A sell-out crowd of more than 800 people has heard many of the greatest poets in the country read work, to raise cash for Haiti.
The event, at the Queen's Hall in Edinburgh, featured four Poets Laureate, including the UK's poet laureate Carol Anne Duffy.
Money raised will go to the Edinburgh-based aid agency Mercy Corps.
More than one million people are still homeless in Haiti after January's magnitude seven earthquake.
Ms Duffy, one of the main organisers of the event, admitted that "poetry makes nothing happen. "
But she said it "has the power of prayer and is the place in language where we are at our most human."
She added: "The people of Haiti need our humanity right now."
The Poets Laureate for the cities of Glasgow and Edinburgh, Ron Butlin and Liz Lochhead, both said they found it difficult to imagine poetic inspiration in the destruction brought by the earthquake.
But the fourth Poet Laureate taking part, Gillian Clarke from Wales, read a new "Lament for Haiti" reflecting on some of the most graphic images of the quake and its aftermath.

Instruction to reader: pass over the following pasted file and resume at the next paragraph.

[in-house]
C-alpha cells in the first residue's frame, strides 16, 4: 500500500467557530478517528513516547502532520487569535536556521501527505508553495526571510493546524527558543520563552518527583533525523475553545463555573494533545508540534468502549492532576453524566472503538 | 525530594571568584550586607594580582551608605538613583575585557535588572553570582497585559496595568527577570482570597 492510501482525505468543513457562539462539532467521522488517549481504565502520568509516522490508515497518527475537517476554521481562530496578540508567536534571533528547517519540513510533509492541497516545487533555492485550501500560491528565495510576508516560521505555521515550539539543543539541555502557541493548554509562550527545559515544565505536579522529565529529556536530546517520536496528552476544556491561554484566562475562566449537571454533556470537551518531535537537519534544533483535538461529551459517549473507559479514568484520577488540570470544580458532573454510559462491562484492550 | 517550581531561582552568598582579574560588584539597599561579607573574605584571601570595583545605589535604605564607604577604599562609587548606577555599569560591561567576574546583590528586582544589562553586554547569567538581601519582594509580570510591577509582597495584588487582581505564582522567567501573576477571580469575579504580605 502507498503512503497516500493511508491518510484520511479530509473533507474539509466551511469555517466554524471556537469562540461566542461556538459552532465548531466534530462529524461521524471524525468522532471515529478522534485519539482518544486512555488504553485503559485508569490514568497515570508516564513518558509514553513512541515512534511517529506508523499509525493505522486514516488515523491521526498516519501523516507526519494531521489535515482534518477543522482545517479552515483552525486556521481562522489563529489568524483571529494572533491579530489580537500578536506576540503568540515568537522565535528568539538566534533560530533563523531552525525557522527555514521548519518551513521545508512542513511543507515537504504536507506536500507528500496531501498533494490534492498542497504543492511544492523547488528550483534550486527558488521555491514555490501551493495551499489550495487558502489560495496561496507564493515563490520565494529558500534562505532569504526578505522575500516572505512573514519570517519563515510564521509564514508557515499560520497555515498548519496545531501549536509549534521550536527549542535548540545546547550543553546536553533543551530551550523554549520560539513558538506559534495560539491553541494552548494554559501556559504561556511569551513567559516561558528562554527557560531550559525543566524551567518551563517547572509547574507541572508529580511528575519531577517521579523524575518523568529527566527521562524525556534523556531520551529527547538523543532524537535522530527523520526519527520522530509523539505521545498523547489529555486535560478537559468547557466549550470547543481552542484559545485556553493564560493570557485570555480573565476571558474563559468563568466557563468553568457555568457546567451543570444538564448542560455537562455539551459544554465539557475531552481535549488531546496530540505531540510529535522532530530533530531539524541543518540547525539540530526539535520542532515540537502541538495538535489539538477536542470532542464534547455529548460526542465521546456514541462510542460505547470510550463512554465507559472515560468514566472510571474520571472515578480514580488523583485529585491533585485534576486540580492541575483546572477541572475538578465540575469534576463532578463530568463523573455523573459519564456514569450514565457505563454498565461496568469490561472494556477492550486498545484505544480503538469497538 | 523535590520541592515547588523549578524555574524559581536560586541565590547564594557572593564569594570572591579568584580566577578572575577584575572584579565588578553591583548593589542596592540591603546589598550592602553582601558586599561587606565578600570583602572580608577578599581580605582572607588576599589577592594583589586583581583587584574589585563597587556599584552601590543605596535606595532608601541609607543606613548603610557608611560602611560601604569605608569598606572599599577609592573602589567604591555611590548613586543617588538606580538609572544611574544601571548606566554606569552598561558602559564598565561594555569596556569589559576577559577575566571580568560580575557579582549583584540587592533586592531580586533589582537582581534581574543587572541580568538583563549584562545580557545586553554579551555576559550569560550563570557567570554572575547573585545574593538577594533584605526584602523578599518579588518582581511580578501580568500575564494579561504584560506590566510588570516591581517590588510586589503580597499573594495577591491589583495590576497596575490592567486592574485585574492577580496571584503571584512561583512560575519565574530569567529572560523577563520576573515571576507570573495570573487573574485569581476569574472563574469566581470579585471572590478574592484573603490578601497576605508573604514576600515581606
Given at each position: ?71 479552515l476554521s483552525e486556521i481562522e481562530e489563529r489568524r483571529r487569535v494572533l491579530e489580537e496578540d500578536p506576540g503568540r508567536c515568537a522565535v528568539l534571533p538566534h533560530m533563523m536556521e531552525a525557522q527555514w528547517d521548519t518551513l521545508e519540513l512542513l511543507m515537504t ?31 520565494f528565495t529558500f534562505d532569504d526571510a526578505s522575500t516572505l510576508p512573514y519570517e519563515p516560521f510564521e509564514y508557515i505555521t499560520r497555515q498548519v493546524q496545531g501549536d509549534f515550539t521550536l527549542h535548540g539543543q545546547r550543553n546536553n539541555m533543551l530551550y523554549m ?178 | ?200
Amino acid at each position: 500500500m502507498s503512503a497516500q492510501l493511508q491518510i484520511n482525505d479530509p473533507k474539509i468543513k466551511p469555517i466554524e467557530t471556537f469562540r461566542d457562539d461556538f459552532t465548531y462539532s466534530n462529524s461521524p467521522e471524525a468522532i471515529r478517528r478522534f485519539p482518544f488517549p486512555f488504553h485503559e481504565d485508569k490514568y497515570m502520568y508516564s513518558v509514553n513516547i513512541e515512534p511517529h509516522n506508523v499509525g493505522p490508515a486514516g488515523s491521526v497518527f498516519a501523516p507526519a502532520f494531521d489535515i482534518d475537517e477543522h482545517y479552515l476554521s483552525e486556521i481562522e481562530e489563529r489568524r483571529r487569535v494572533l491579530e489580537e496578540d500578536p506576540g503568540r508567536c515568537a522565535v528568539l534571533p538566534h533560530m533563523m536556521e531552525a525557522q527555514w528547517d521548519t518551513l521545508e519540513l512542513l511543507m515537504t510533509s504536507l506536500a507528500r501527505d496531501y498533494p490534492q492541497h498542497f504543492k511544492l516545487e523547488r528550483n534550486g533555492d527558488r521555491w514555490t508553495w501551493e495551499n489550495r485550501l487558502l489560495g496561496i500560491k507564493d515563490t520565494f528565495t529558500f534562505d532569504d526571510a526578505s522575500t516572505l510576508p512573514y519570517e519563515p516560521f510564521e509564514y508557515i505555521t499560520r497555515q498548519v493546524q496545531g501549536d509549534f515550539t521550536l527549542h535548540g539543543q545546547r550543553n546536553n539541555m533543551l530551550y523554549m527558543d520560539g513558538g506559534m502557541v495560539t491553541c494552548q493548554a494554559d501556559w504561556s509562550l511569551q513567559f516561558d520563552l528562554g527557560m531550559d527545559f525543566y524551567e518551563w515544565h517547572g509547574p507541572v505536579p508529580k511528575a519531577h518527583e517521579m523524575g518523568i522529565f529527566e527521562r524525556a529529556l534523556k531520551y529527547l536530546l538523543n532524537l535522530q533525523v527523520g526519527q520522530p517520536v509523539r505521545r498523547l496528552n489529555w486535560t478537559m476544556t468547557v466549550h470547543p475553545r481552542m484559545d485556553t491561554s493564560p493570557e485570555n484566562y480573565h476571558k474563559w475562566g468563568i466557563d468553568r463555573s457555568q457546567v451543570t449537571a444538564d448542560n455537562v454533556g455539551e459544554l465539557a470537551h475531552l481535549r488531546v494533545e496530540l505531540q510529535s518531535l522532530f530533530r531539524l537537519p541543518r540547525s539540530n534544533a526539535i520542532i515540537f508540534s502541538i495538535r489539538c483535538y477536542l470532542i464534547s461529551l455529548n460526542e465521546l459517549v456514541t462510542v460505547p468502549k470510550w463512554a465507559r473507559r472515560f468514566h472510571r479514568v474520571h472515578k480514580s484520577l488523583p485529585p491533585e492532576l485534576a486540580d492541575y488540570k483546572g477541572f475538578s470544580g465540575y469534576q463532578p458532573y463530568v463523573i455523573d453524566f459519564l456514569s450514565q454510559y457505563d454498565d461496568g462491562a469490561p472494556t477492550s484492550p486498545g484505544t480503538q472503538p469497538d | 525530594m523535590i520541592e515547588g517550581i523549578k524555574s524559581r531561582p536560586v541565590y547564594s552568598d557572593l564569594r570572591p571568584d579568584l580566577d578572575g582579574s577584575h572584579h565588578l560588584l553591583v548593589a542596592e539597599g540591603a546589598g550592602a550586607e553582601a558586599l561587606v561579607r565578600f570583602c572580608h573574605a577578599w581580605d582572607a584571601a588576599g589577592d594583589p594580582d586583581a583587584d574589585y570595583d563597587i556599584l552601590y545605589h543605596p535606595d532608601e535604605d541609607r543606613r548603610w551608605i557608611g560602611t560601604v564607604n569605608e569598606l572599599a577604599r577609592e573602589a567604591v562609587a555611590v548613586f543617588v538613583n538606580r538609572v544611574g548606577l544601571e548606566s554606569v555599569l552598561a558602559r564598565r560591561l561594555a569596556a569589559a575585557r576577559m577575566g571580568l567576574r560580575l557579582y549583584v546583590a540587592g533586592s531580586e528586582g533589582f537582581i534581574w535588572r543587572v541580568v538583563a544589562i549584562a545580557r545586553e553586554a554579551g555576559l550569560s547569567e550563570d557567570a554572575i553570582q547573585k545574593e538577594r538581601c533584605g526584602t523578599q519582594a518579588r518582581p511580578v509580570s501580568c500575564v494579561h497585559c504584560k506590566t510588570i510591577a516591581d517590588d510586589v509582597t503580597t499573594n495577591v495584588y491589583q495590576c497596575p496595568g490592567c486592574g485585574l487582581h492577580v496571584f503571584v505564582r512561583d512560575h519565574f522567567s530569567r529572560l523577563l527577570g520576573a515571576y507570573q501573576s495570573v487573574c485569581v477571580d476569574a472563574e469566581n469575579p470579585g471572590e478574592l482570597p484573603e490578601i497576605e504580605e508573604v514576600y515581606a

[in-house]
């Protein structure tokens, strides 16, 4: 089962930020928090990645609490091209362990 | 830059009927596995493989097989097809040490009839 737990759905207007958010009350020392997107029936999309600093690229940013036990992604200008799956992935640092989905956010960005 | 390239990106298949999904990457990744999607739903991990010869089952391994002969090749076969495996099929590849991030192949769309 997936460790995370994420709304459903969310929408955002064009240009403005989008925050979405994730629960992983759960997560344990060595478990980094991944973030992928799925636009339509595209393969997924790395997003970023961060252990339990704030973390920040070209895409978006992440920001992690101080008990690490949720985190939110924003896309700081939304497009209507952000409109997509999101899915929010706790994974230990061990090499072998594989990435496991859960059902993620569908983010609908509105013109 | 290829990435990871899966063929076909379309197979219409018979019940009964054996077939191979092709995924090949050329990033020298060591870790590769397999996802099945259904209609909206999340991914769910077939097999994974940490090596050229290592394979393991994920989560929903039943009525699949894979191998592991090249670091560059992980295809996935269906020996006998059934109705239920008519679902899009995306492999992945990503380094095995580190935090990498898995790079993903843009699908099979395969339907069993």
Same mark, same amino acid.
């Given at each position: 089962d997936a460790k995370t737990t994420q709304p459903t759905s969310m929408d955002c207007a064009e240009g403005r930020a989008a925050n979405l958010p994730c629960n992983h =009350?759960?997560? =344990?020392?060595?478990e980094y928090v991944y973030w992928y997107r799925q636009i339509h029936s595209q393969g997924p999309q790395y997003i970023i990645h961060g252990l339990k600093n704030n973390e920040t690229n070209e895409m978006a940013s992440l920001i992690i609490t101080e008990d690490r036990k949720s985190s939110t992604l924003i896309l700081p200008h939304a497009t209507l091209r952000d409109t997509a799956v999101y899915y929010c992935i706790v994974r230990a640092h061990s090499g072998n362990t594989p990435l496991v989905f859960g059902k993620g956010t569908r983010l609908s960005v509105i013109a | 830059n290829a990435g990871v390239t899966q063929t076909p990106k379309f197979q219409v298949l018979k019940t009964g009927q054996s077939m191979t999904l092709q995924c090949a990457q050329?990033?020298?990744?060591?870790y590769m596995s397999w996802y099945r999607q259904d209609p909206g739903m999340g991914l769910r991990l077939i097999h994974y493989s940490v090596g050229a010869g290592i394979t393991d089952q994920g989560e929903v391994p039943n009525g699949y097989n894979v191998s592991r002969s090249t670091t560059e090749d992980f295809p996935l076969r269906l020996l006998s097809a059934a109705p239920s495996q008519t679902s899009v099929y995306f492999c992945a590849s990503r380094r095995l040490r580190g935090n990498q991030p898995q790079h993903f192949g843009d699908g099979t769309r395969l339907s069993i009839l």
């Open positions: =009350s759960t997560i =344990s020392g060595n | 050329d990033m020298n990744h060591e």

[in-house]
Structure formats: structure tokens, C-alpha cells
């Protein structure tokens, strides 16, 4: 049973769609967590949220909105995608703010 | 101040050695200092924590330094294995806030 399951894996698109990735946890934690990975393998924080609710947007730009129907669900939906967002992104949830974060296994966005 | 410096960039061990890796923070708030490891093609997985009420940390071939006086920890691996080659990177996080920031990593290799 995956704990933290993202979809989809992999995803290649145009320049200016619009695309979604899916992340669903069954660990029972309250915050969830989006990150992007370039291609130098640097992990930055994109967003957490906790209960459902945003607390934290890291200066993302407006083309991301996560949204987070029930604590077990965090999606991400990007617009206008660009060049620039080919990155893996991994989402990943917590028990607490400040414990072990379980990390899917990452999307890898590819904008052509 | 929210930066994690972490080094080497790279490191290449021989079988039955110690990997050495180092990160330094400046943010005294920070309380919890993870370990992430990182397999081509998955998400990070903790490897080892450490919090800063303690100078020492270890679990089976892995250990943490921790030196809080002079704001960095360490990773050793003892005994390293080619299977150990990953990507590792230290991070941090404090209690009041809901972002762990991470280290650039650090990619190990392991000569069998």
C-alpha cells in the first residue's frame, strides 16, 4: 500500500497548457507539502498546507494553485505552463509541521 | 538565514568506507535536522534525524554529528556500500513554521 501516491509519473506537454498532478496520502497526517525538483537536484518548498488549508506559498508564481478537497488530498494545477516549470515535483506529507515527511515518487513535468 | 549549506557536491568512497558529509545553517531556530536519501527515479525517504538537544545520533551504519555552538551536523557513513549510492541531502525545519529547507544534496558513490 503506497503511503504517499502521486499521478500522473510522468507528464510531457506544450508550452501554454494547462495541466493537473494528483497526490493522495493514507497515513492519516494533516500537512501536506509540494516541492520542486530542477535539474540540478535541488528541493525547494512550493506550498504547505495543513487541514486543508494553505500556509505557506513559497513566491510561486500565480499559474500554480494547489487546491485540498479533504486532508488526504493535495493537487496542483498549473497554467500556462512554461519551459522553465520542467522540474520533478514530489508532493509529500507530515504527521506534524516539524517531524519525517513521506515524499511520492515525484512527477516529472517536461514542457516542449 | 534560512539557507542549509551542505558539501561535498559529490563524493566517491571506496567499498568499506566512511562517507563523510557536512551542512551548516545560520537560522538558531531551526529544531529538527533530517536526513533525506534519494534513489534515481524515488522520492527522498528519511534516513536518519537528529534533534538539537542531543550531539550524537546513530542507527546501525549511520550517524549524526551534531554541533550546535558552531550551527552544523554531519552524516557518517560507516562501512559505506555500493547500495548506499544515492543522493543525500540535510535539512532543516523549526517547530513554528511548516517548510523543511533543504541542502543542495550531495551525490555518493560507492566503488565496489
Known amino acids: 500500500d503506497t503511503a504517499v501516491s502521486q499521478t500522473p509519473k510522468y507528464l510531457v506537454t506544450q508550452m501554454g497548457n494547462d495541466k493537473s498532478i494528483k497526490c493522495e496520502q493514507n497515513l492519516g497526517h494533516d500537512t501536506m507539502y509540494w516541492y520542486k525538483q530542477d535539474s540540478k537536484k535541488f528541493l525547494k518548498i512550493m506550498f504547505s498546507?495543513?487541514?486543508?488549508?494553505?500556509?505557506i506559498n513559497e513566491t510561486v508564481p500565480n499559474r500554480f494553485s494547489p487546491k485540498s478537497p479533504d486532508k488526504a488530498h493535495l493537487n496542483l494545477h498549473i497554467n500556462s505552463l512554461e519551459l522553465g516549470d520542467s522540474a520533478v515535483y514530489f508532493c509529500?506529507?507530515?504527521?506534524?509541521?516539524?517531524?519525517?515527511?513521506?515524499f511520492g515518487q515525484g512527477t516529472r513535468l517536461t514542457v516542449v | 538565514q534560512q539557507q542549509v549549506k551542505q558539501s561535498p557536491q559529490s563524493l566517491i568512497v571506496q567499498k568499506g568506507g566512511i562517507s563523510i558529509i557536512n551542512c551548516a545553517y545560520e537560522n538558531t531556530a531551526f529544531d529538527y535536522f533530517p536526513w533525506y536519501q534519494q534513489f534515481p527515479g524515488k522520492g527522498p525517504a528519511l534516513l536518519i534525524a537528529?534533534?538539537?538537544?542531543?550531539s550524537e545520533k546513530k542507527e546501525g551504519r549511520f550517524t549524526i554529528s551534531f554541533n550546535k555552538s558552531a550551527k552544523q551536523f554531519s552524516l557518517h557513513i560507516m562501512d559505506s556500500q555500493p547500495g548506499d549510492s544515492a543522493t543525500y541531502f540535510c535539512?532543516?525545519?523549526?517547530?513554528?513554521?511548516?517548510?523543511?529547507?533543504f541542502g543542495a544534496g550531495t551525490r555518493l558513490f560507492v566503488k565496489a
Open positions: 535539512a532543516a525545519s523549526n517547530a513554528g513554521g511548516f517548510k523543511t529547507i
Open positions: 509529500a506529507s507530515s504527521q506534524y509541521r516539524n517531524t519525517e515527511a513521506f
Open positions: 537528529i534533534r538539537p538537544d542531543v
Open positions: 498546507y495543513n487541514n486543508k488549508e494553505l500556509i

In it she described "the white Palace that fell into itself like snow", and "the cots and cushions and cups" that littered the rubble of collapsed houses across Haiti's capital Port-au-Prince.
Organisers said the event was "the most spectacular poetry event ever seen north of the border."
It attracted a message of support from Prime Minister Gordon Brown who said poets "feel and communicate our deepest yearnings and aspirations".
And Fiona Hyslop, minister for Culture and External Affairs in the Scottish government, told the audience they were "extending a hand of solidarity to the people of Haiti".
The evening marked the end of the "Carry a Poem" campaign, organised by Edinburgh Unesco City of Literature and the Scottish Poetry Library, which ran across the Scottish capital throughout February.